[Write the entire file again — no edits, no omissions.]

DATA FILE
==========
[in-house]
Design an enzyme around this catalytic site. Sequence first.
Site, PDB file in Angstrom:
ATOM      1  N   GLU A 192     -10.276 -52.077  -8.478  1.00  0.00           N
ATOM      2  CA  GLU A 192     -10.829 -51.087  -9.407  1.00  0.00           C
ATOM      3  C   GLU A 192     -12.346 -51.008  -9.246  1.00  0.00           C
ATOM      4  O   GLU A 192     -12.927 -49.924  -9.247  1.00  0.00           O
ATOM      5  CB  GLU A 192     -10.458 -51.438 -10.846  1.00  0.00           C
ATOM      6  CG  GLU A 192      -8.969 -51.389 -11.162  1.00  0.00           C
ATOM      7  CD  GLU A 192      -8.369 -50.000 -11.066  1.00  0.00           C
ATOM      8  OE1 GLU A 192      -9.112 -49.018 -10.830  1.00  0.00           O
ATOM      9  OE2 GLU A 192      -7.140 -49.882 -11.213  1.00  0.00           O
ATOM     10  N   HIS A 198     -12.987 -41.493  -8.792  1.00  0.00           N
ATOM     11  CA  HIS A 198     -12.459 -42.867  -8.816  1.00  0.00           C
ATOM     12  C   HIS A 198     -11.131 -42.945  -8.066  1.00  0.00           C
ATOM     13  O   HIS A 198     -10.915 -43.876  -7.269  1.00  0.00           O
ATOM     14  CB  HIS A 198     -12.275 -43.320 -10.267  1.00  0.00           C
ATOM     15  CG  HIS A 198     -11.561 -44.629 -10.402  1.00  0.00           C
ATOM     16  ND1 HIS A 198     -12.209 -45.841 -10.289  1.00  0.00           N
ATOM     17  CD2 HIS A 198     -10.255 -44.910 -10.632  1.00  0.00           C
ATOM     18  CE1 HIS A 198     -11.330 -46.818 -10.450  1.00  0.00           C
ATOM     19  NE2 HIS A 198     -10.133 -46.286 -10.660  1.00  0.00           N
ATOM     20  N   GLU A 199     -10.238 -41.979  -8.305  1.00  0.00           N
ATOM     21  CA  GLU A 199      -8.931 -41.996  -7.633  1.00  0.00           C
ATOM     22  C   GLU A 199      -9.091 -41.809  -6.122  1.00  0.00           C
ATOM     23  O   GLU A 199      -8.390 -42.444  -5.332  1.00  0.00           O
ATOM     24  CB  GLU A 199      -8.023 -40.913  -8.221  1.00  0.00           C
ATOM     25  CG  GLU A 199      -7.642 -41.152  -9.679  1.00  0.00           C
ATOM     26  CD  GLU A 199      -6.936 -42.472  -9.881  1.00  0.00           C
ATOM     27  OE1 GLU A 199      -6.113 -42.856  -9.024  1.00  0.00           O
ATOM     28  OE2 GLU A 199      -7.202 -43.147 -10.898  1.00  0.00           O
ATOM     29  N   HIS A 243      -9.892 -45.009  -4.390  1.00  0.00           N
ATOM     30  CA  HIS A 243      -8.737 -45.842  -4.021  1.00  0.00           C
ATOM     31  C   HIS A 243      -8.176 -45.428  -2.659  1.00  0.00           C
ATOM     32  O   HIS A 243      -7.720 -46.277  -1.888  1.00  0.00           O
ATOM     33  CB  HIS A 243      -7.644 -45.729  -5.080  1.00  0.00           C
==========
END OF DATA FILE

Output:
[in-house]
Design an enzyme around this catalytic site. Sequence first.
Site, PDB file in Angstrom:
ATOM      1  N   GLU A 192     -10.276 -52.077  -8.478  1.00  0.00           N
ATOM      2  CA  GLU A 192     -10.829 -51.087  -9.407  1.00  0.00           C
ATOM      3  C   GLU A 192     -12.346 -51.008  -9.246  1.00  0.00           C
ATOM      4  O   GLU A 192     -12.927 -49.924  -9.247  1.00  0.00           O
ATOM      5  CB  GLU A 192     -10.458 -51.438 -10.846  1.00  0.00           C
ATOM      6  CG  GLU A 192      -8.969 -51.389 -11.162  1.00  0.00           C
ATOM      7  CD  GLU A 192      -8.369 -50.000 -11.066  1.00  0.00           C
ATOM      8  OE1 GLU A 192      -9.112 -49.018 -10.830  1.00  0.00           O
ATOM      9  OE2 GLU A 192      -7.140 -49.882 -11.213  1.00  0.00           O
ATOM     10  N   HIS A 198     -12.987 -41.493  -8.792  1.00  0.00           N
ATOM     11  CA  HIS A 198     -12.459 -42.867  -8.816  1.00  0.00           C
ATOM     12  C   HIS A 198     -11.131 -42.945  -8.066  1.00  0.00           C
ATOM     13  O   HIS A 198     -10.915 -43.876  -7.269  1.00  0.00           O
ATOM     14  CB  HIS A 198     -12.275 -43.320 -10.267  1.00  0.00           C
ATOM     15  CG  HIS A 198     -11.561 -44.629 -10.402  1.00  0.00           C
ATOM     16  ND1 HIS A 198     -12.209 -45.841 -10.289  1.00  0.00           N
ATOM     17  CD2 HIS A 198     -10.255 -44.910 -10.632  1.00  0.00           C
ATOM     18  CE1 HIS A 198     -11.330 -46.818 -10.450  1.00  0.00           C
ATOM     19  NE2 HIS A 198     -10.133 -46.286 -10.660  1.00  0.00           N
ATOM     20  N   GLU A 199     -10.238 -41.979  -8.305  1.00  0.00           N
ATOM     21  CA  GLU A 199      -8.931 -41.996  -7.633  1.00  0.00           C
ATOM     22  C   GLU A 199      -9.091 -41.809  -6.122  1.00  0.00           C
ATOM     23  O   GLU A 199      -8.390 -42.444  -5.332  1.00  0.00           O
ATOM     24  CB  GLU A 199      -8.023 -40.913  -8.221  1.00  0.00           C
ATOM     25  CG  GLU A 199      -7.642 -41.152  -9.679  1.00  0.00           C
ATOM     26  CD  GLU A 199      -6.936 -42.472  -9.881  1.00  0.00           C
ATOM     27  OE1 GLU A 199      -6.113 -42.856  -9.024  1.00  0.00           O
ATOM     28  OE2 GLU A 199      -7.202 -43.147 -10.898  1.00  0.00           O
ATOM     29  N   HIS A 243      -9.892 -45.009  -4.390  1.00  0.00           N
ATOM     30  CA  HIS A 243      -8.737 -45.842  -4.021  1.00  0.00           C
ATOM     31  C   HIS A 243      -8.176 -45.428  -2.659  1.00  0.00           C
ATOM     32  O   HIS A 243      -7.720 -46.277  -1.888  1.00  0.00           O
ATOM     33  CB  HIS A 243      -7.644 -45.729  -5.080  1.00  0.00           C